I'm trying to write an adventure (or actually, several) for a new tabletop RPG campaign that's going to start in a couple of months, and I am struggling.
My issues stem, I think, from how different the new system, 13th Age, is from the game I finished running last week, Monster of the Week. Where MotW is extremely light and relies heavily on improv, 13th Age is much closer to D&D's school of thought, with much more stuff to track moment-to-moment, especially once combat starts. The notes required for an entire arc in MotW feel like they'd barely be sufficient to cover a single scene in 13th Age.
While it should be easy enough to adapt the approach that worked for Monster of the Week into any other roleplaying system, in practice I'm finding it hard not to take things in a rules-heavy direction, with pages and pages of stuff written up.
Monster of the Week's missions - called "mysteries" - are largely self-contained and driven entirely by the players' investigations. The most amount of planning in a mystery is writing the six-point "countdown" of events that would happen without the players' involvement. Each location and character only needs a name and a role to indicate their involvement. I added a personality trait and "what this person knows" to my bystanders - a couple of lines, total, and almost no prepared dialogue.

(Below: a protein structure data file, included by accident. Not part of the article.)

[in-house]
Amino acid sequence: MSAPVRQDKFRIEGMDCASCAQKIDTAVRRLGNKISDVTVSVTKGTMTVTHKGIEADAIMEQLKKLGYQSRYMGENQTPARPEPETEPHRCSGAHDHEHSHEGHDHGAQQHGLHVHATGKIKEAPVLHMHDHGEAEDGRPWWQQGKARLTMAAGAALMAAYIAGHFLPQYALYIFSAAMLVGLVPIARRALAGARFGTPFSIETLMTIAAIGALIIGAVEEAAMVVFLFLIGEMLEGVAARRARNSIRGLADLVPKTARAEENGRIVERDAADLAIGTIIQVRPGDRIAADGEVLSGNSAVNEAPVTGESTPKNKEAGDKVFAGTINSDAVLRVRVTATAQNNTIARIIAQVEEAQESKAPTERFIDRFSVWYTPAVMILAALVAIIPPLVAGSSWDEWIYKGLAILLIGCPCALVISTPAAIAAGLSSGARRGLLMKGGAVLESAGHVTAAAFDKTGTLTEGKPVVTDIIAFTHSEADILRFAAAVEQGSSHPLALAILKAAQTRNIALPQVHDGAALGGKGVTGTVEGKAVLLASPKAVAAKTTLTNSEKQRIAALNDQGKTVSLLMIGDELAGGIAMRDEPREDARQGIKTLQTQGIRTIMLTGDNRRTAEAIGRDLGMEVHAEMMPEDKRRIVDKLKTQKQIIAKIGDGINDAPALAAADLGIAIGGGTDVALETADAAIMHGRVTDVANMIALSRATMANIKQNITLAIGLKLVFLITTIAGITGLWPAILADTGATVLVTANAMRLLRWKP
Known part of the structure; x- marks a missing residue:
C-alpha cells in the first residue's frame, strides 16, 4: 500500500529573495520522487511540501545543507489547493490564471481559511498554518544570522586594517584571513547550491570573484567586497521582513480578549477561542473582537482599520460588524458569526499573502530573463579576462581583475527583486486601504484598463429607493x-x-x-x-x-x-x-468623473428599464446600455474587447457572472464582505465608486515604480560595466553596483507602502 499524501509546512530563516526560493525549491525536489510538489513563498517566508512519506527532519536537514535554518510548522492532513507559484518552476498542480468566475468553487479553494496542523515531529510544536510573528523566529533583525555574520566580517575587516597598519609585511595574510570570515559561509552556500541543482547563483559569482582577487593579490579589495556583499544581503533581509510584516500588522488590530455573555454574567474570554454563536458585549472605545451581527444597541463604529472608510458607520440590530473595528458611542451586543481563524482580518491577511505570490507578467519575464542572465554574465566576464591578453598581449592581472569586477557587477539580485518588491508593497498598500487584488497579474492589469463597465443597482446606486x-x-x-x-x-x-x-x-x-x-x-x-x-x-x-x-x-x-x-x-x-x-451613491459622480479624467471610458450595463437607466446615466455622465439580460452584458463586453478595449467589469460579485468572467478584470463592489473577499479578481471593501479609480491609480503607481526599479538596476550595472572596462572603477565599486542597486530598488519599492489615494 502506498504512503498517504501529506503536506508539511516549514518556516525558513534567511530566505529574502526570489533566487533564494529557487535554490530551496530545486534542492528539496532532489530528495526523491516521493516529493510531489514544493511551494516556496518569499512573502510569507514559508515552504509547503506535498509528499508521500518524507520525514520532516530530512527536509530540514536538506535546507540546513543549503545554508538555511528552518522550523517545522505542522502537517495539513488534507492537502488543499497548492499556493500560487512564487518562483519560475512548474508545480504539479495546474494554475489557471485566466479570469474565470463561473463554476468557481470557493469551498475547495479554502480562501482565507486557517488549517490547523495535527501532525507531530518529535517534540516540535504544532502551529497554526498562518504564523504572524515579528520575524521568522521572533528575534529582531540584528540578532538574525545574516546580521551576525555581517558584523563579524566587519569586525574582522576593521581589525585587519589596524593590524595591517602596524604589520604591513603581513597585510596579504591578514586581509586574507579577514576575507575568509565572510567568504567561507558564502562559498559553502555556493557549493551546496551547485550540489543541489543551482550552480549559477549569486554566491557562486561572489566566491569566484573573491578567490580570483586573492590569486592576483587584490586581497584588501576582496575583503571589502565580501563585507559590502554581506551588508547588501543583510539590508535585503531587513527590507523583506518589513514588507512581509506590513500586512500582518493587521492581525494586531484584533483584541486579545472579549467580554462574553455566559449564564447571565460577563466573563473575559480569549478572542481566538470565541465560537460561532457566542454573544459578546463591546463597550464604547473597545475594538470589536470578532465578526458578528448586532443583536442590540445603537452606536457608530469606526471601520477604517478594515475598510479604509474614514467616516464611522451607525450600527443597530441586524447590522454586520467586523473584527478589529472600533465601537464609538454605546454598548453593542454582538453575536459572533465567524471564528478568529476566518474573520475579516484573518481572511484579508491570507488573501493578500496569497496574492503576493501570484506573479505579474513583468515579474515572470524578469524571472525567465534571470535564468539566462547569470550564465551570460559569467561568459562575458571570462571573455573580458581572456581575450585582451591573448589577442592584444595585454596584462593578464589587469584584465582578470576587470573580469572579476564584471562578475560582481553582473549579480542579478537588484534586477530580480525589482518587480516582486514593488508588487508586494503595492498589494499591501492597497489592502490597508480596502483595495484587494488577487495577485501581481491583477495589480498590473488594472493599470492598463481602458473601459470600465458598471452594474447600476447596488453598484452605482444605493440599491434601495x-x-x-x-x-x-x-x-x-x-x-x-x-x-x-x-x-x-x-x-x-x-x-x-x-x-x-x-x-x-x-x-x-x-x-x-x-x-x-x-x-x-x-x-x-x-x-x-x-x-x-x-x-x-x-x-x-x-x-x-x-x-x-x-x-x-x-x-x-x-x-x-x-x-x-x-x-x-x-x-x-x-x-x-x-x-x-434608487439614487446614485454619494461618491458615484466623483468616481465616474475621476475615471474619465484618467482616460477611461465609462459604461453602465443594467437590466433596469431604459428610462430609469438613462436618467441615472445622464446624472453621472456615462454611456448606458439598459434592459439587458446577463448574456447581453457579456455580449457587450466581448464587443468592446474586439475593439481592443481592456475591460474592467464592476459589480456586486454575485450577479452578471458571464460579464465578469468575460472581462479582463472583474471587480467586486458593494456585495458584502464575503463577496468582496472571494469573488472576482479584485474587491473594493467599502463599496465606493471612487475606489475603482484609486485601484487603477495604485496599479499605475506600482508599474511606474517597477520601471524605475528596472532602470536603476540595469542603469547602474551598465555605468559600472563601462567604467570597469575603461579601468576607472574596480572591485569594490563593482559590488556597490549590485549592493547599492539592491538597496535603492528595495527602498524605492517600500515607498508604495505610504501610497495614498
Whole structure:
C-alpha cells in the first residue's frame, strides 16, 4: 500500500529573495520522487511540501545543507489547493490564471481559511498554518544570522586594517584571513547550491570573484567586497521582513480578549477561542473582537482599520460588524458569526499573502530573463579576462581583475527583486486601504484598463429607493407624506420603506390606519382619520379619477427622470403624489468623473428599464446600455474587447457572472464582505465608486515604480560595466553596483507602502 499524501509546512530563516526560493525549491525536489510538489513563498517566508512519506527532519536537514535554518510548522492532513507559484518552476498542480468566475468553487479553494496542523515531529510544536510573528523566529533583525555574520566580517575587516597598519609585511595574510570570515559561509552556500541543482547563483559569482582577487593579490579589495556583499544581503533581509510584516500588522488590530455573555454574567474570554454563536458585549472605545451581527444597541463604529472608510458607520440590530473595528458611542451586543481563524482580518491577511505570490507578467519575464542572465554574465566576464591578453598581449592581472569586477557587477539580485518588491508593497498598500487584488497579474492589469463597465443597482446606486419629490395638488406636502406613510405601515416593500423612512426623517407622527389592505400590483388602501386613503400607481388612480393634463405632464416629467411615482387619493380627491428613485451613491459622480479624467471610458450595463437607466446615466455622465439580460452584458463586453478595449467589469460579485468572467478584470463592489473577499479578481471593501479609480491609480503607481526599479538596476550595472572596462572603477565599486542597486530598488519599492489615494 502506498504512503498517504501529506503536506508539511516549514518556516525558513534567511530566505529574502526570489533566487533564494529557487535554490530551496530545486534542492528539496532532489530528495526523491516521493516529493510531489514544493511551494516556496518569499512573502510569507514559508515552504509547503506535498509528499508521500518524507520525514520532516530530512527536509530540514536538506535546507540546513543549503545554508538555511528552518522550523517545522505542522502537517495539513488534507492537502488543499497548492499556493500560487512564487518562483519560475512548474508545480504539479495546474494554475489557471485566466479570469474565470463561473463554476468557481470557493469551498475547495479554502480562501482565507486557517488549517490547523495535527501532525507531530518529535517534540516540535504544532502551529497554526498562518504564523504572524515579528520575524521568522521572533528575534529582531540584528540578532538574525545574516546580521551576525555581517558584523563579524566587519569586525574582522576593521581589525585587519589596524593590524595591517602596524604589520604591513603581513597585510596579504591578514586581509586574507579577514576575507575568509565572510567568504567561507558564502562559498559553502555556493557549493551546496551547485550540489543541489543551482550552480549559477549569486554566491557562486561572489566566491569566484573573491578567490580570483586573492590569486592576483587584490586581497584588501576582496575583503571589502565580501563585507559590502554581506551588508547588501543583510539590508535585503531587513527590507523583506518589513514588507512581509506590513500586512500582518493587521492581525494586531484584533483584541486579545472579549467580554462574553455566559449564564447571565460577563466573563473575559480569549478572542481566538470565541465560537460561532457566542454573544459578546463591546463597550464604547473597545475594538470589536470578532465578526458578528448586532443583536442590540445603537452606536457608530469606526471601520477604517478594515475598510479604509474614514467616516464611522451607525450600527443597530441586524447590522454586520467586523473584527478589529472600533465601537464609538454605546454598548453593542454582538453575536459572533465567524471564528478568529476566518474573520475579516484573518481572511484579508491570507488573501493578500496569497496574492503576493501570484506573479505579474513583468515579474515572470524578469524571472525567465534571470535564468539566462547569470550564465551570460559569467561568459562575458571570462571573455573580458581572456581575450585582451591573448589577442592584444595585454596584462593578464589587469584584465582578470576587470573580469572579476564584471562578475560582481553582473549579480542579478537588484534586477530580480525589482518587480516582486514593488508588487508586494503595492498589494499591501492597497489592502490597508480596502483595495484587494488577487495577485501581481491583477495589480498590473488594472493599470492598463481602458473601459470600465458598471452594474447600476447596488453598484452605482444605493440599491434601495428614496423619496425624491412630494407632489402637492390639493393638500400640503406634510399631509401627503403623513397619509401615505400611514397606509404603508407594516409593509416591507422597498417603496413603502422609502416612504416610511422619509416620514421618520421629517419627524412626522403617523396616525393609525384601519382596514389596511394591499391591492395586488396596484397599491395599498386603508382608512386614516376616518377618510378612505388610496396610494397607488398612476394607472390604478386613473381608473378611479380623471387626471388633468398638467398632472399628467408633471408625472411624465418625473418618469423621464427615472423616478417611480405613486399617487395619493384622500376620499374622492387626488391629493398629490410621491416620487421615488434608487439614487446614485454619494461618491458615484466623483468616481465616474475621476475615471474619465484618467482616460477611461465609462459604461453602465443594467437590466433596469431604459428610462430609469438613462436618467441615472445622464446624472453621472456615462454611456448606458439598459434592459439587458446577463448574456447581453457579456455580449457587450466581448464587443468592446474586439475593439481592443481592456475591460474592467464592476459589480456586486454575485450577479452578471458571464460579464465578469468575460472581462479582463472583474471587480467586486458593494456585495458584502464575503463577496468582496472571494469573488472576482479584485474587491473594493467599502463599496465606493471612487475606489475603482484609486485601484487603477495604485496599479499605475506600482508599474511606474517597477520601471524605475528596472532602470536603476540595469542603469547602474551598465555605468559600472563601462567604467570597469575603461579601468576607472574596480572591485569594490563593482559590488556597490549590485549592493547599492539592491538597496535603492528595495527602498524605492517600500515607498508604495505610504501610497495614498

Compare that to the eleven pages of stuff I've written for the first adventure in 13th Age - and that's not even all of it finished yet! I've got sketches of scenes and characters and places that would be more than enough to run with in Monster of the Week that I feel compelled to flesh out for this game. Monster of the Week's contemporary setting helps, as there's often a common real-world or pop culture reference for what a trailer park or a military base or someone's living room looks like, but a fantasy game demands (it seems) a level of ornate and detailed description that quite frankly I'm not sure my writing skills are up to.
Of course, it could just be a matter of the tools I'm using. Monster of the Week's lightweight setup lent itself perfectly to Trello boards, with columns to group cards for locations, bystanders and the monsters - but there's a separation between roleplay and combat in any initiative-driven that makes it too complex for Trello. Google Docs has been okay for making notes and blocking out the rough timeline for an adventure, but its layout encourages linearity, and I'm concerned it'll be difficult to jump between sections in the heat of a fight.
Hmm. Suddenly, I'm worried that I'm going to end up writing my own system to store everything.